The world’s largest maker of instrument strings and accessories is showing that a small act can make a huge change in the world.

D’Addario& Companyis a family-owned and operated business that has been making strings for instruments since the 1600s starting off in Italy and then making its way to New York City.

The family settled in Astoria and started making strings out of their garage, and as the years went by, continued to provide strings for instruments and in the 1950s even played an essential role in popularizing electric strings.

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In 1970, Jim D’Addario — who is currently still the CEO of the company — launched D’Addario & Company operating a facility in Farmingdale, Long Island and also operating an office in Brooklyn.

The company continues to create strings for instruments but now also makes other accessories for other kinds of instruments such as drum sticks, reeds for saxophones and clarinets, and much more.

“Our brand purpose is to inspire performance and we kind of live that mantra in providing products for musicians to raise their level of performance,” D’Addario said.

Now, the company has launched the first-ever instrument string recycling program called Playback in partnership with the companyTerraCycle— which collects and repurposes hard-to-recycle products such as chip bags and cigarette butts.

D’Addario added that the new recycling program is a continuation of the company’s commitment to being an environmental leader in the music industry. Since the 1990s the company has seen a 75 percent reduction in packaging waste.

“It goes back to one of our core values,” D’Addario said. “I’m very excited about it because it’s something I really wanted to see years and years ago and it wasn’t really possible.”

Through the recycling program individuals will be able to give in their old strings and TerraCycle will then go through the proper methods of recycling the string.

According to Brian Vance, senior product manager at D’Addario & Company, currently municipal recycling companies do not accept instrument strings because of all the materials that make up the string such as copper, alloy, nicked, steel and more.

“It can be complicated even though a string seems kind of simple,” Vance said. “It’s a lot of work and effort to separate those metals.”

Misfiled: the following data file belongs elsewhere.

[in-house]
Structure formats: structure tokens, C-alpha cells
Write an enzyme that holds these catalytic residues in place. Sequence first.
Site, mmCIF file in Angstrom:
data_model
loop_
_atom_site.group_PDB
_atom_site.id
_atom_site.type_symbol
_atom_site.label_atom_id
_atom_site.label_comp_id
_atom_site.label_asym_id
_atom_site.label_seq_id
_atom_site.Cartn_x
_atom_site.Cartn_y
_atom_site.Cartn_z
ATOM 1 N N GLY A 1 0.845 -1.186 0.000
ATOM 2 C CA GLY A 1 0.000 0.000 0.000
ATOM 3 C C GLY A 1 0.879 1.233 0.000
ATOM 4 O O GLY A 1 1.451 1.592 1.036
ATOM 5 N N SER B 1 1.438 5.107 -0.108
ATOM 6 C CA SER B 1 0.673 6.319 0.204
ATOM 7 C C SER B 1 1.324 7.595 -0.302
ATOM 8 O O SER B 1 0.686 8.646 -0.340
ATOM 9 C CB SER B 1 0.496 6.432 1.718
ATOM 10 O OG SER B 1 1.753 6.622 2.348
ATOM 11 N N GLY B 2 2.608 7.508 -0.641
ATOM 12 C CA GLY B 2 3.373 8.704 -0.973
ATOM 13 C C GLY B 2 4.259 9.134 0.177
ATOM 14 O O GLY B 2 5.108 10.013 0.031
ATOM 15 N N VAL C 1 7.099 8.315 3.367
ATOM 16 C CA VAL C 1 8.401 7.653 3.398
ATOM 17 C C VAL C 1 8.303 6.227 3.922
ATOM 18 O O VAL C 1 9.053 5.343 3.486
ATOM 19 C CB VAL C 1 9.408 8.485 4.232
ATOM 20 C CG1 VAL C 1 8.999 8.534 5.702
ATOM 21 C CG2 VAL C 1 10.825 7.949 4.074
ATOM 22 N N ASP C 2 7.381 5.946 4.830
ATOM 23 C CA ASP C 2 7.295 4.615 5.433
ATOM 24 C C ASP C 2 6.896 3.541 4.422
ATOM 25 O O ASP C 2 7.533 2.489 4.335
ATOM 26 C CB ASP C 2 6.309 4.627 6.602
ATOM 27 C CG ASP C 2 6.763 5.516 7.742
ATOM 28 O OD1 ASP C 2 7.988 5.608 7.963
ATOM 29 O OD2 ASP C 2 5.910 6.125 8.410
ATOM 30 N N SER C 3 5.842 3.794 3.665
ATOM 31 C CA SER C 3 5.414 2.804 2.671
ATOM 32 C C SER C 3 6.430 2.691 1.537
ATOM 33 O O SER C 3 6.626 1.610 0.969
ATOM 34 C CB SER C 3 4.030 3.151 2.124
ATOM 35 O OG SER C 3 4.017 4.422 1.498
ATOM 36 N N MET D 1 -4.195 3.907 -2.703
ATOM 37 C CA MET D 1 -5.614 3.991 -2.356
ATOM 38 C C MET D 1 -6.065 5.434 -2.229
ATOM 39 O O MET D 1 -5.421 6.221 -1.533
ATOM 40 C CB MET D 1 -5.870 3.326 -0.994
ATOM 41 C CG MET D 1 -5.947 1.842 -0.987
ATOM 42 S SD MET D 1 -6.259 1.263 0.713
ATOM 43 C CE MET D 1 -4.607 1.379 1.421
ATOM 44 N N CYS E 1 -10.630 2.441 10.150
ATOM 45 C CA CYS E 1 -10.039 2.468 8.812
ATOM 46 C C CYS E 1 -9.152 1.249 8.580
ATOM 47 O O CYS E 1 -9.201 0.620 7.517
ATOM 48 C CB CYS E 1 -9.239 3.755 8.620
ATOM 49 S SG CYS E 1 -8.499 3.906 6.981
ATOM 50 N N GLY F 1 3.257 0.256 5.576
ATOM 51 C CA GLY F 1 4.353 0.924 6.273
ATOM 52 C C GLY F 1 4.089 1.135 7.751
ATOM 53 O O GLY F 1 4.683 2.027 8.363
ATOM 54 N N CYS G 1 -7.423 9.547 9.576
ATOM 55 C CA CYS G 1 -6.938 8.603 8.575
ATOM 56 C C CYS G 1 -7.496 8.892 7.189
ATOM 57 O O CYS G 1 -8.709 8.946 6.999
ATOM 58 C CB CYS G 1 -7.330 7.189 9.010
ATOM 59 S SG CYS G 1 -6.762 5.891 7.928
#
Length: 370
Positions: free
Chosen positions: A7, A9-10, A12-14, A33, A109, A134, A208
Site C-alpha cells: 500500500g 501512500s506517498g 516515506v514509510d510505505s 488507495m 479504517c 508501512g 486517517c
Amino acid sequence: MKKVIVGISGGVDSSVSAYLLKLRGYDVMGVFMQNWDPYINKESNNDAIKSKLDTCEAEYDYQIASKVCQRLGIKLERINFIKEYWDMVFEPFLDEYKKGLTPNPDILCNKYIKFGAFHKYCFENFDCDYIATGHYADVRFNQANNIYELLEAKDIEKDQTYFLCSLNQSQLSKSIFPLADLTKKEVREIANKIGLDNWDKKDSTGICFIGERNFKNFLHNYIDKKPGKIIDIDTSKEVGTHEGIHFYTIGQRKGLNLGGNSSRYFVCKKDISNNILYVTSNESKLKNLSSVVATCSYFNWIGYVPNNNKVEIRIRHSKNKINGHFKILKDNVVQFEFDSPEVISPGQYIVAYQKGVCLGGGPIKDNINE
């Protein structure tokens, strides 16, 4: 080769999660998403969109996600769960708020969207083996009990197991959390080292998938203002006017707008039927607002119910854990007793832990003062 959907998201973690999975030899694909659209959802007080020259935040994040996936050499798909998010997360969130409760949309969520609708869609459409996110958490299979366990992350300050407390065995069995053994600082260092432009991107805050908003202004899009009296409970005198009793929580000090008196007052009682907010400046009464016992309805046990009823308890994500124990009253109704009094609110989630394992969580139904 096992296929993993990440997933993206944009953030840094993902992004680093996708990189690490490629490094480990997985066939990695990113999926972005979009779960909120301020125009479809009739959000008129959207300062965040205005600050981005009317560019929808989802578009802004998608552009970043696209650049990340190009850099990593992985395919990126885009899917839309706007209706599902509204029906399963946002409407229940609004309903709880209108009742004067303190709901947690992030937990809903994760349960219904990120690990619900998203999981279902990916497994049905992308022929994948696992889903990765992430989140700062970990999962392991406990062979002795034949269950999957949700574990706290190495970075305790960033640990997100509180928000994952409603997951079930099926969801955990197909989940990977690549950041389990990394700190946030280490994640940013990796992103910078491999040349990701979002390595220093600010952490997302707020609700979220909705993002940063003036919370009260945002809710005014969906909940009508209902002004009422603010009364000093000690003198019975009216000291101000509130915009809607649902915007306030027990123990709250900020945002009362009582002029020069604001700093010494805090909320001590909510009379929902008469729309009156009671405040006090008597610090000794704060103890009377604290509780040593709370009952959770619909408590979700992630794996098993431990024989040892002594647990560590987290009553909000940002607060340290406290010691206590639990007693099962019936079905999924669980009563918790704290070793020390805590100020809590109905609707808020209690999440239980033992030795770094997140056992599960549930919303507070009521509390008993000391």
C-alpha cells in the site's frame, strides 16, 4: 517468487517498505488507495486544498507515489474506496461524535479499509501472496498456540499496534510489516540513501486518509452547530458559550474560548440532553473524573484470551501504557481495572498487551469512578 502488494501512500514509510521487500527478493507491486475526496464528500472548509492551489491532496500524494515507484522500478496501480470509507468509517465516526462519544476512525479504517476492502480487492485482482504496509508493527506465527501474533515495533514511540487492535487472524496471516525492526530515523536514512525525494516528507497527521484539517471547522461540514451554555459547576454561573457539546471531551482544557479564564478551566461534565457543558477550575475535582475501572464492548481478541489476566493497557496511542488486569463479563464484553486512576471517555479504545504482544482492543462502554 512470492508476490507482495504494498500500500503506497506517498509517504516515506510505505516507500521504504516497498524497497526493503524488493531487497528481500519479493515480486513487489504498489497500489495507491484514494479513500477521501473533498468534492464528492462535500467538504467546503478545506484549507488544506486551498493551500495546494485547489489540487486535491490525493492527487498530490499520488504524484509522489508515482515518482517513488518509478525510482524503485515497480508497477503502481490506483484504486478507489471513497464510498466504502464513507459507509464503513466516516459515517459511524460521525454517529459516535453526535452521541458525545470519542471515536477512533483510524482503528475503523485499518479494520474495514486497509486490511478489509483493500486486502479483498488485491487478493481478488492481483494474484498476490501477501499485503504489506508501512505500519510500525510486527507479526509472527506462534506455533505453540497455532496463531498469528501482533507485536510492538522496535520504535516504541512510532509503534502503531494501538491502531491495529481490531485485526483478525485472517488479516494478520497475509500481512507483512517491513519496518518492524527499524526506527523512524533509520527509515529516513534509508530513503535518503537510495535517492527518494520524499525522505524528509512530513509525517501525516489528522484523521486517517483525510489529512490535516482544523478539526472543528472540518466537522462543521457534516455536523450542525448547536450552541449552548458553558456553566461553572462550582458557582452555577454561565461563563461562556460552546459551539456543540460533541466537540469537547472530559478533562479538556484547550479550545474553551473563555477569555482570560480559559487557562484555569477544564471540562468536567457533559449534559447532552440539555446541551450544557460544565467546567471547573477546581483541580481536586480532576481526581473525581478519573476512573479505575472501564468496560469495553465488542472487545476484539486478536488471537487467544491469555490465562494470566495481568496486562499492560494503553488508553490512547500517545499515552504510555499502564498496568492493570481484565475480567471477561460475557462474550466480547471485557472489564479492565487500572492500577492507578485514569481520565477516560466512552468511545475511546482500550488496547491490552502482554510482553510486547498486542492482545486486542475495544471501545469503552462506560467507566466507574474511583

TerraCycle will work to find economical viable ways to recycle the material, and Vance added that D’Addario is also in talks with TerraCycle to see if the material can be turned into products that can be used by musicians.

In order for someone to participate, all they must do is sign up for an account on thePlayback program website, download a shipping label, save up as many strings as they can, box them up and ship them with no charge.

“We really don’t know how many strings are out there. It could be about a billions pounds of string that could be put into landfill out there,” Vance said. “It’s scary.”

Whoever recycles the strings can then decided to sign up for a loyalty product which will trade them new strings or other gear for the old strings; or take credit gained from recycling the strings and donate them to the nonprofit D’Addario Foundation.

To celebrate the launch of the Playback program together with International Guitar Month and Earth Day, in April D’Addario is sponsoring 40 Recycle and Restring events around the country.

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During the events — which are free and open to the public — musicians are asked to bring in their old string to participating shops to have them recycled and in return have new strings put onto their instruments.

In New York City, one of the participating stores is Brooklyn’sMain Drag Music, located at 330 Wythe Ave.

Specific dates for each dealer is expected to be announced soon.

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